Eating in D.C. on an intern's salary
Life in D.C., as life anywhere for me, involves food — a great deal of it. And D.C. delivers when it comes to memorable food.
Much like L.A., D.C. is full of hidden secrets when it comes to restaurants. Unfortunately, few places do Mexican food like L.A. But the variety of food in our nation’s capitol more than makes up for this shortcoming, in my mind. A recent discovery for me was Open City, a coffee shop/diner/bar/pretty much everything else. It’s open 18-19 hours a day with everything from burgers to Belgian waffles to breakfast sandwiches. Breakfast is served from open to close. My best friend and her cousin, who came into town to visit relatives this week, introduced me to this now-favorite food place. As insignificant as it may seem, the servers place animal crackers on coffee saucers, which somehow makes a creamy latte just that much more delectable.
One of the great things about this city is that many of the coffee shops downtown have second stories. It may seem trivial, and probably is, but I find it extremely delightful to sit atop the second story of a Starbucks, sipping a caramel frappuccino and watching the bustling city go about its business.
The East Coast, it seems, has finally caught wind of the yogurt phenomenon that swept California a couple years back. Most of their places offer just one or two flavors — typically a tart, plain yogurt. However, just across from the International Spy Museum — the second-coolest museum in the city in my opinion — sits a place that I think might have a Berry Cool beat. And matching Biola students’ favorite hangout and its excellent yogurt is a tall order! The D.C. counterpart is called Frozen Yo, and what sets it apart from any other place I have seen is one particular flavor — red velvet cake. Top that flavor off with some fudge sauce and you have just about the creamiest, richest flavor imaginable. And since it is yogurt, one can at least try to believe the argument that its yogurt nature makes it unquestionably wholesome.
But no discussion of food in Washington, D.C., would be complete without more than a mention of Five Guys. Dare I say it? I do — it rivals In-N-Out Burger (gasp!) Before you turn away in utter disgust and head straight for the hate mail, hear me out. Not only are all the toppings no additional charge, but the place has free peanuts, the kind you get at ballgames, in huge bins at the entrance. Its Cajun fries are seriously to die for. But don’t take my word for it. It was voted the best burger joint by a bunch of different places for years in a row. Still don’t believe me? Check it out for yourself. There’s one in Cerritos, Calif.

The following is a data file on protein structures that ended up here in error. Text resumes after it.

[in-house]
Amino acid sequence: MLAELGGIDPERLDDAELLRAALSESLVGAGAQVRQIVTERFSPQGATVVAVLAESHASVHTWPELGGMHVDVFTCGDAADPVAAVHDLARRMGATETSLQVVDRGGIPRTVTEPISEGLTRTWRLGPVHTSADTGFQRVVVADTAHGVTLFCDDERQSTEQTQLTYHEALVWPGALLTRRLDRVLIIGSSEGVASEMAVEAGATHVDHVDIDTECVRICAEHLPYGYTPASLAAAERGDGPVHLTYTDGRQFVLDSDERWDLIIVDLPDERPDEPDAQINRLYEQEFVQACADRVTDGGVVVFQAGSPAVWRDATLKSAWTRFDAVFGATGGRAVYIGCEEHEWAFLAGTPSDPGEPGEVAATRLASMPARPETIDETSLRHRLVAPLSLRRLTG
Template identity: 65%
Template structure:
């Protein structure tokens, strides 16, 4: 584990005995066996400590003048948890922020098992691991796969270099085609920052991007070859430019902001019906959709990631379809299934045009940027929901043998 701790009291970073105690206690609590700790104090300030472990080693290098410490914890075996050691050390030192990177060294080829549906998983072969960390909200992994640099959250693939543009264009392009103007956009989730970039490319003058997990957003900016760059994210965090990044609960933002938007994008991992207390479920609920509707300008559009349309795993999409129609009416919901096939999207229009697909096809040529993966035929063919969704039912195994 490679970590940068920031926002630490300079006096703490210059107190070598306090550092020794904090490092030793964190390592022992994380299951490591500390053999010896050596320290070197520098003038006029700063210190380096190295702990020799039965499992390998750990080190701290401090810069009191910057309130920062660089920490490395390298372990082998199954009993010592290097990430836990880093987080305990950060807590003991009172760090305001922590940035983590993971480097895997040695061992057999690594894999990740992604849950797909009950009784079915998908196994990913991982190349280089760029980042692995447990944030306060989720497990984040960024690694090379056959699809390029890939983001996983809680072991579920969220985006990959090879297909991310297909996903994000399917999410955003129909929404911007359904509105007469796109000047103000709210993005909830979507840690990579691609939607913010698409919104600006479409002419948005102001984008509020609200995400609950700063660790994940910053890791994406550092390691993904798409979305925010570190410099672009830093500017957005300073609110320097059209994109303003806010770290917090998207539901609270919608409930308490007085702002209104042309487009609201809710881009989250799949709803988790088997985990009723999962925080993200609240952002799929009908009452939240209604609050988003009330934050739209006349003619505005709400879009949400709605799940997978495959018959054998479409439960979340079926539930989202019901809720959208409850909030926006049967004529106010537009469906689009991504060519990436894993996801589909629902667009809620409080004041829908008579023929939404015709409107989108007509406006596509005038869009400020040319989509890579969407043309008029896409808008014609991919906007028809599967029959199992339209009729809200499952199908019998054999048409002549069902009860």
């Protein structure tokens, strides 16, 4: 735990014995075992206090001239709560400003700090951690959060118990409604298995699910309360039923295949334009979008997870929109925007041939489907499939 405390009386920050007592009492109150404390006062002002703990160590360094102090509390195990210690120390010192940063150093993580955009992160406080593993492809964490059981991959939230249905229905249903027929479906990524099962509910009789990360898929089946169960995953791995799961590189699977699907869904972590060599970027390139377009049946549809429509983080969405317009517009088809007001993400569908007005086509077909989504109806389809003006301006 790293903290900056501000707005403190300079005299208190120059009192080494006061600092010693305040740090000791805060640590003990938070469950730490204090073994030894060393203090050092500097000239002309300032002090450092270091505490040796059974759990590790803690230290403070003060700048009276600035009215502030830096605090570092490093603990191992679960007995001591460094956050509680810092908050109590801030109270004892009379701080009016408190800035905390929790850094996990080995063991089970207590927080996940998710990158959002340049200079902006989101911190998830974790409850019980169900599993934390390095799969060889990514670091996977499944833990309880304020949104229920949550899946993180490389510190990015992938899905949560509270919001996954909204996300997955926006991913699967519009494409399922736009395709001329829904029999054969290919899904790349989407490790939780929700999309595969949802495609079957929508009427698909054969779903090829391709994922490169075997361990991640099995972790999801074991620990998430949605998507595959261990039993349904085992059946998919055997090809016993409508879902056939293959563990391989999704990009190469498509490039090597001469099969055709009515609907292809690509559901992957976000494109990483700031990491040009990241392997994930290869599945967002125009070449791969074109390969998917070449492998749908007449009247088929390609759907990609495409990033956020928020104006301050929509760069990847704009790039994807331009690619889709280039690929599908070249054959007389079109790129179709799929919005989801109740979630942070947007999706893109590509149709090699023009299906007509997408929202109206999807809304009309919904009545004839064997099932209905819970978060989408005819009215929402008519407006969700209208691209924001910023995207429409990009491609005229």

However, eating out is a bit of a rare treat when you’re living on an intern’s salary. Granted, I am getting paid, which is more than many interns can say. It’s a blessing. But it’s still meager enough to keep me on my toes when it comes to food consumption.
This being the first time I am living on my own without the Caf or my mother’s kitchen to keep me fed, I have discovered two brilliantly cheap meals — French toast and cups of noodles. I can buy a loaf of bread for 89 cents, and eggs for approximately $2.19. That easily makes 10 meals for just over three bucks, with tax. For anyone too apathetic to purchase a well-rounded meal, too much in a rush to cook, and too cheap to buy anything else, cups of noodles come in packs of six for $1.99 at Safeway. I typically happen to be all three of those on my lunch breaks at work. Journalists don’t really take lunch breaks, or at least, not at The Times. Those people are some of the most dedicated bunch I’ve ever met. I feel guilty taking 30 minutes for a lunch break at times. That’s when the cups of noodles come in handy. Spicy chicken is actually quite superb.
Such is the life of an intern who loves her sweets and other forms of sustenance. Next on the list for me is Ben’s Chili Bowl, often rated the best food in the city. Perhaps I could justify the cost (and the calories) if I walked instead of taking the Metro…
Weeks down: 7
Weeks to go: 3